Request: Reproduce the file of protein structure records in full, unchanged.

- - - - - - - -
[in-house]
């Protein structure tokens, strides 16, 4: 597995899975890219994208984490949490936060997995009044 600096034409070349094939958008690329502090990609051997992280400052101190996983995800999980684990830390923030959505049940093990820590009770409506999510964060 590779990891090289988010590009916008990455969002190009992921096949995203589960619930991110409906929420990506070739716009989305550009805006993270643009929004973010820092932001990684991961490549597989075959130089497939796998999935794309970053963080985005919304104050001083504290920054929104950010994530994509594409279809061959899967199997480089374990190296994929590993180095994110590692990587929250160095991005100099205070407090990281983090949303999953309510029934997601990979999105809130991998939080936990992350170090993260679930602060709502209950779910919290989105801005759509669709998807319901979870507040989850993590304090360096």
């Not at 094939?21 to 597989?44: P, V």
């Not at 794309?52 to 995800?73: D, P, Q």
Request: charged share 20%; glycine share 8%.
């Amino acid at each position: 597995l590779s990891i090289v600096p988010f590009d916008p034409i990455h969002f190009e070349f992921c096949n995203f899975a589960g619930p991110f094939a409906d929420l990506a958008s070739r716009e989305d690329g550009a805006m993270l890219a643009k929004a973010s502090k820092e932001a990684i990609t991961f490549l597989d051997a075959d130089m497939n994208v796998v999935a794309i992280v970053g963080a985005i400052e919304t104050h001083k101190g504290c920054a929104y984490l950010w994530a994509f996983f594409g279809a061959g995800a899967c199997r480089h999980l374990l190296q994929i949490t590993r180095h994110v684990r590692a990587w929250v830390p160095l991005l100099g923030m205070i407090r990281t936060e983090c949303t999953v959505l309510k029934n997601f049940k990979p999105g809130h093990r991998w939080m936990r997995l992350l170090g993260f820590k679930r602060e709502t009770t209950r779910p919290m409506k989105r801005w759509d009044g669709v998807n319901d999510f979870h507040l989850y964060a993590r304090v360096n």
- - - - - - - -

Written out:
[in-house]
């Protein structure tokens, strides 16, 4: 597995899975890219994208984490949490936060997995009044 600096034409070349094939958008690329502090990609051997992280400052101190996983995800999980684990830390923030959505049940093990820590009770409506999510964060 590779990891090289988010590009916008990455969002190009992921096949995203589960619930991110409906929420990506070739716009989305550009805006993270643009929004973010820092932001990684991961490549597989075959130089497939796998999935794309970053963080985005919304104050001083504290920054929104950010994530994509594409279809061959899967199997480089374990190296994929590993180095994110590692990587929250160095991005100099205070407090990281983090949303999953309510029934997601990979999105809130991998939080936990992350170090993260679930602060709502209950779910919290989105801005759509669709998807319901979870507040989850993590304090360096």
């Not at 094939?21 to 597989?44: P, V």
């Not at 794309?52 to 995800?73: D, P, Q």
Request: charged share 20%; glycine share 8%.
């Amino acid at each position: 597995l590779s990891i090289v600096p988010f590009d916008p034409i990455h969002f190009e070349f992921c096949n995203f899975a589960g619930p991110f094939a409906d929420l990506a958008s070739r716009e989305d690329g550009a805006m993270l890219a643009k929004a973010s502090k820092e932001a990684i990609t991961f490549l597989d051997a075959d130089m497939n994208v796998v999935a794309i992280v970053g963080a985005i400052e919304t104050h001083k101190g504290c920054a929104y984490l950010w994530a994509f996983f594409g279809a061959g995800a899967c199997r480089h999980l374990l190296q994929i949490t590993r180095h994110v684990r590692a990587w929250v830390p160095l991005l100099g923030m205070i407090r990281t936060e983090c949303t999953v959505l309510k029934n997601f049940k990979p999105g809130h093990r991998w939080m936990r997995l992350l170090g993260f820590k679930r602060e709502t009770t209950r779910p919290m409506k989105r801005w759509d009044g669709v998807n319901d999510f979870h507040l989850y964060a993590r304090v360096n």